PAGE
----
you are setup as though you are running a seperate router. you should have a 192.168.1.xxx and a 10.0.0.xxx but the second one should be hidden from you(kind of lie a highway exit ramp.

    if you pm me we can figure out if it is easier to reconfigure the modem (might disconnect other devices.)

    is this your office, is plotter and cutter part of home business?
    my only point is we have 24 devices on the office network (i use print servers on everthing)
    and probably 37 devices at home. lets dothis in the least number of steps, not open a can of worms

    it's probably easier to reconfigure the plotter to the new subnet, but not if you spend 2 weeks with family members saying "why doesn't this work any more?"

    i will be happy to work with you. pm me & i will send my cell number
    let me know what time, todau, sunday or Monday works for you
    allow like an hour, in case things don't go our way & what is your plotter model?

    you can call cable company tech support and ask for help, but that is a crap shoot. if cable companies understood the importance of preserving existing devices on a network, people like me wouldn't have a business.
     
  10. WildWestDesigns

    WildWestDesigns Major Contributor

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    This is where having devices such as this on their own isolated LAN is far better then having everything mingled together.

    While there are pros to having everything connected to a WAN (updates are a double edged sword for these devices, but they are needed in some ways, unfortunately they tend to come with extra fluff that isn't necessary), that is the biggest headache that there is. Home based, brick/mortar based (ironically both can still be brick/mortar) doesn't matter. The trials and tribulations can very much be the same. I would speculate that if it's home based as well, I wouldn't expect the IP to actually even first off come across many people that need to have preserved settings at all, much less even be on their radar of things to do. Unless one has a business service with them, then maybe I would expect a little bit more from them. This would be more true with those that run a traditional business away from the home and would more then likely have the business IP service. If one doesn't have a business orientated IP service, then I wouldn't expect more then from a home orientated IP service.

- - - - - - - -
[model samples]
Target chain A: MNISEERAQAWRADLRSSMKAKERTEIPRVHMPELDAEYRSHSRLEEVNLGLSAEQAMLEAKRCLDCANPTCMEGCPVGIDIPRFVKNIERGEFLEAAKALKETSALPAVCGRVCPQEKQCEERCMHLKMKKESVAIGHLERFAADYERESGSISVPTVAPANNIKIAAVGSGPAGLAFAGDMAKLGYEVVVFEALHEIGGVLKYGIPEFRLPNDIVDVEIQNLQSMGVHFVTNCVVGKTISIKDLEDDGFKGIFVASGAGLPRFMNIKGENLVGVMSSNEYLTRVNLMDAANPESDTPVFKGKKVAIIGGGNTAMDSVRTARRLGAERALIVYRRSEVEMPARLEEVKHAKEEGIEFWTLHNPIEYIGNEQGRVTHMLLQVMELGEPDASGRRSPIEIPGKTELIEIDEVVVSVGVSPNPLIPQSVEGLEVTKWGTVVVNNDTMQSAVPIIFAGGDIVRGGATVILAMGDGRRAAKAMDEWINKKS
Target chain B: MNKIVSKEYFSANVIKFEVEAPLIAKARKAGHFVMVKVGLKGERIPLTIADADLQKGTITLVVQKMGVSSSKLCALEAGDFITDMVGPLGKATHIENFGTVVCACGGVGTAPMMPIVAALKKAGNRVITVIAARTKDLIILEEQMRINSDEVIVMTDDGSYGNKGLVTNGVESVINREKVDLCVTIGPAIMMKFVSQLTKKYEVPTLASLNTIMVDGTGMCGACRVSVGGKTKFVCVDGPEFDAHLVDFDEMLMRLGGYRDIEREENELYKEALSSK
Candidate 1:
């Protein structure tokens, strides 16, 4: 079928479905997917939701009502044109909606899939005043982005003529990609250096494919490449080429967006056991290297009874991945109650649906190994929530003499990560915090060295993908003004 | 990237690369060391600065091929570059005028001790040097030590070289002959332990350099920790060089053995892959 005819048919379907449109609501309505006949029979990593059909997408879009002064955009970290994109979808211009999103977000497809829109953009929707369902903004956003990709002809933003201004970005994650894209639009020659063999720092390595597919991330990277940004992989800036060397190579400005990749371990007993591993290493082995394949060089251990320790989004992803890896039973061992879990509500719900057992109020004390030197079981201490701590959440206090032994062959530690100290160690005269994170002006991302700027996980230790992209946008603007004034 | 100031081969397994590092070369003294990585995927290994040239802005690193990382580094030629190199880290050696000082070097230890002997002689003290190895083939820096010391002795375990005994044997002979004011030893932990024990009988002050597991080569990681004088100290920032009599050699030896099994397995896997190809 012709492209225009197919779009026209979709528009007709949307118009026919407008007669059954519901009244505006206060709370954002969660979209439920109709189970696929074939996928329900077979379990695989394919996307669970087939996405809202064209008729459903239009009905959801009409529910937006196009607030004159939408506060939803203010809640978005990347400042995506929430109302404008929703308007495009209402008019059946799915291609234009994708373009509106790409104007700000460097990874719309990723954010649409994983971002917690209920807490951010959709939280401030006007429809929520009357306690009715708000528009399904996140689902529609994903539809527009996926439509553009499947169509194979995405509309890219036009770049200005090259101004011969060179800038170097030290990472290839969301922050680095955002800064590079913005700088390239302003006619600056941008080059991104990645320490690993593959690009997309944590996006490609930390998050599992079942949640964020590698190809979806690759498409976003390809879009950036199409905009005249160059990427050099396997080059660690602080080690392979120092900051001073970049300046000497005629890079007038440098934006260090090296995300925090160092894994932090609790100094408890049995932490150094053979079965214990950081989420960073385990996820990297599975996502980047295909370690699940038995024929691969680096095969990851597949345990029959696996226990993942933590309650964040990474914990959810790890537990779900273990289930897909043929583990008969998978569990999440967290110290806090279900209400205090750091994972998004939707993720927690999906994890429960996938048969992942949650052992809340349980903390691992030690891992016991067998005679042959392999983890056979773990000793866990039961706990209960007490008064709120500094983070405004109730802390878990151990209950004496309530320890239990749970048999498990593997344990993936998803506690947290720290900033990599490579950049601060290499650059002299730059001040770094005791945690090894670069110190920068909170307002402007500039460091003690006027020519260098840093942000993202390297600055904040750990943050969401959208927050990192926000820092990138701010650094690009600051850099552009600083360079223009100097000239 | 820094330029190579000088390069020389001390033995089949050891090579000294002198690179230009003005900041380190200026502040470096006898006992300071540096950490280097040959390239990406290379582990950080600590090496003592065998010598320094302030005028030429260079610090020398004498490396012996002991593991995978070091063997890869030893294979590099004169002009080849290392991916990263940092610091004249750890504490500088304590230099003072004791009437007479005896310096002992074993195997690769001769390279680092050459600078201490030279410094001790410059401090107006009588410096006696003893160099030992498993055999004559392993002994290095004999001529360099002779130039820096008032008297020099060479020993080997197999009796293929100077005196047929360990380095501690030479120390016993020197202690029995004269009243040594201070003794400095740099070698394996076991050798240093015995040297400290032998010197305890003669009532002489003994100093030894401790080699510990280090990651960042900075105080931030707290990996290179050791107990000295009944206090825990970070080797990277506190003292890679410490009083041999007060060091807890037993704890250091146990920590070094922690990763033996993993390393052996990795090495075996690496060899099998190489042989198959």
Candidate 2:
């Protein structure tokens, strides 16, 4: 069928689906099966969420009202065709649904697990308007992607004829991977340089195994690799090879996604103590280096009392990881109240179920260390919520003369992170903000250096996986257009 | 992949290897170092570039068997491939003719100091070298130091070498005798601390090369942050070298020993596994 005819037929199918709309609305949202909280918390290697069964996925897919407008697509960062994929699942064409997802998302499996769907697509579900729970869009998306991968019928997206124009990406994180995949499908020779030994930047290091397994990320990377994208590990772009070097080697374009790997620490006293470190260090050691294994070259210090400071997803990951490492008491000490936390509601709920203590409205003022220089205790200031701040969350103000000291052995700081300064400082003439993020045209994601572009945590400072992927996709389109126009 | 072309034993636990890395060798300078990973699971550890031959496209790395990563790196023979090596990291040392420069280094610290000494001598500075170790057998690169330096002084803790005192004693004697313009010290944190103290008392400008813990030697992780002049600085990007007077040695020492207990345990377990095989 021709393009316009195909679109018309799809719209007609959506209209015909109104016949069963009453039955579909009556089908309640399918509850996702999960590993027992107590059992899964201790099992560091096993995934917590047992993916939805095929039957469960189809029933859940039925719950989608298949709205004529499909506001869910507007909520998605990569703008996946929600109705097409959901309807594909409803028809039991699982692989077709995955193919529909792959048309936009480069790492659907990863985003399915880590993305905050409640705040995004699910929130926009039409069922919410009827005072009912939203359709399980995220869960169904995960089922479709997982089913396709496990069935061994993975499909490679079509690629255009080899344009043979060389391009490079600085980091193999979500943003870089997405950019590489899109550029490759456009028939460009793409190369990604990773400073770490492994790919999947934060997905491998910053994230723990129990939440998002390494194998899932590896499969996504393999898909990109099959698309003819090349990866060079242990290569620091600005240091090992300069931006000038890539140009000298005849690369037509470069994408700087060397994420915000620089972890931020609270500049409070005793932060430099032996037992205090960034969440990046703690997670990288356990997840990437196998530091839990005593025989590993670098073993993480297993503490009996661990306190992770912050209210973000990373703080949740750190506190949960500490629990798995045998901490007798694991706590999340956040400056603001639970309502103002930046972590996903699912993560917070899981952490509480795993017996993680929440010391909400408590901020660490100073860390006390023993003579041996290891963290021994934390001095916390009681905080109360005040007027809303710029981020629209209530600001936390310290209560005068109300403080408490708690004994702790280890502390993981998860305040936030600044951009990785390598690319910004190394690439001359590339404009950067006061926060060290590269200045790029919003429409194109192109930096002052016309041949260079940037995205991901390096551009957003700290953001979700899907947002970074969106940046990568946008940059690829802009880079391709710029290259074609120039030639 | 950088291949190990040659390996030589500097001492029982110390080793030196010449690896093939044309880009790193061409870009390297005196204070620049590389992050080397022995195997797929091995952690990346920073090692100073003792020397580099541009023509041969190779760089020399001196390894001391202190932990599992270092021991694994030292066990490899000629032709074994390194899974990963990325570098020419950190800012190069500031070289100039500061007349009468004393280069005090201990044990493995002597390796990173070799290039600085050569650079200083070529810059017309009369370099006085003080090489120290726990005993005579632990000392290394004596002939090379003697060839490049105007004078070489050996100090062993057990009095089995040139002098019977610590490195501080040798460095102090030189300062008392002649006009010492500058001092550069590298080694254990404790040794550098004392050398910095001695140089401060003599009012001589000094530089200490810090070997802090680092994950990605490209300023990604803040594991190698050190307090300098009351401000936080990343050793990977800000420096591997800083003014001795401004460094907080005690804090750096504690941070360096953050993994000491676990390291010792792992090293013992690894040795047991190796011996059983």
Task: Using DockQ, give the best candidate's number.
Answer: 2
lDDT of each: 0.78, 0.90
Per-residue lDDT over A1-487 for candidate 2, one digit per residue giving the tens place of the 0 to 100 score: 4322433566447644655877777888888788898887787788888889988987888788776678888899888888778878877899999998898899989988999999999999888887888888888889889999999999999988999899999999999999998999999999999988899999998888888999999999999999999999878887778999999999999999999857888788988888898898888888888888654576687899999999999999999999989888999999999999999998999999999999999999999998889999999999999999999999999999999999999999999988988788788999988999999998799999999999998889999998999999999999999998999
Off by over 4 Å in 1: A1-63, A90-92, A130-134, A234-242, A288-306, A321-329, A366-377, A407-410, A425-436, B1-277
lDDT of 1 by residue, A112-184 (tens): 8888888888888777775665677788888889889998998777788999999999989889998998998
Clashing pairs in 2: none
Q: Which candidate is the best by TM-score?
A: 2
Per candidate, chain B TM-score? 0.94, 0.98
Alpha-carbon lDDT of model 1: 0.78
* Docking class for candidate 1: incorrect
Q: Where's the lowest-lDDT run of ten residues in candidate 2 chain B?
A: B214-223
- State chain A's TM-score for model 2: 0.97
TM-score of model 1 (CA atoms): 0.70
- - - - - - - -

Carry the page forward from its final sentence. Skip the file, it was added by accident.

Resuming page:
Yep, this would definitely depend on if you are getting their business related services or home related services. Some it's just a difference of charging more, but for quite a few, it's the difference of which techs you get and the response time of said techs and even the quality of the work, what they consider etc.

    But again, ultimately, the best thing is to have these devices on a separate LAN (I know I'm sounding like a broken record, but it is very true), that way those that need internet won't very well be affected by those devices that have to have preserved settings.
     
  11. netsol

    netsol Active Member

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    wild west
    it wouldn't make a difference how he was configured since the cable people can't be bothered to duplicate the config find at a location (doctors start with, "first do no harm". but not the cable guy

    we always try to let our clients suppky their own router, then all the cble guy needs to do is setup the replacement modem in "transparent mode"
     
  12. WildWestDesigns

    WildWestDesigns Major Contributor

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    If the cable guy isn't touching the LAN setup at all, I'm talking a separate, different network, not just devices that aren't allowed to "see" the outside network, but a totally isolated network in of itself, it doesn't matter what the cable guy does or what anyone does on the "other" network. Front office isn't going to lose their network connectivity, back room isn't going to lose connectivity to their devices when things are done on the "other" network.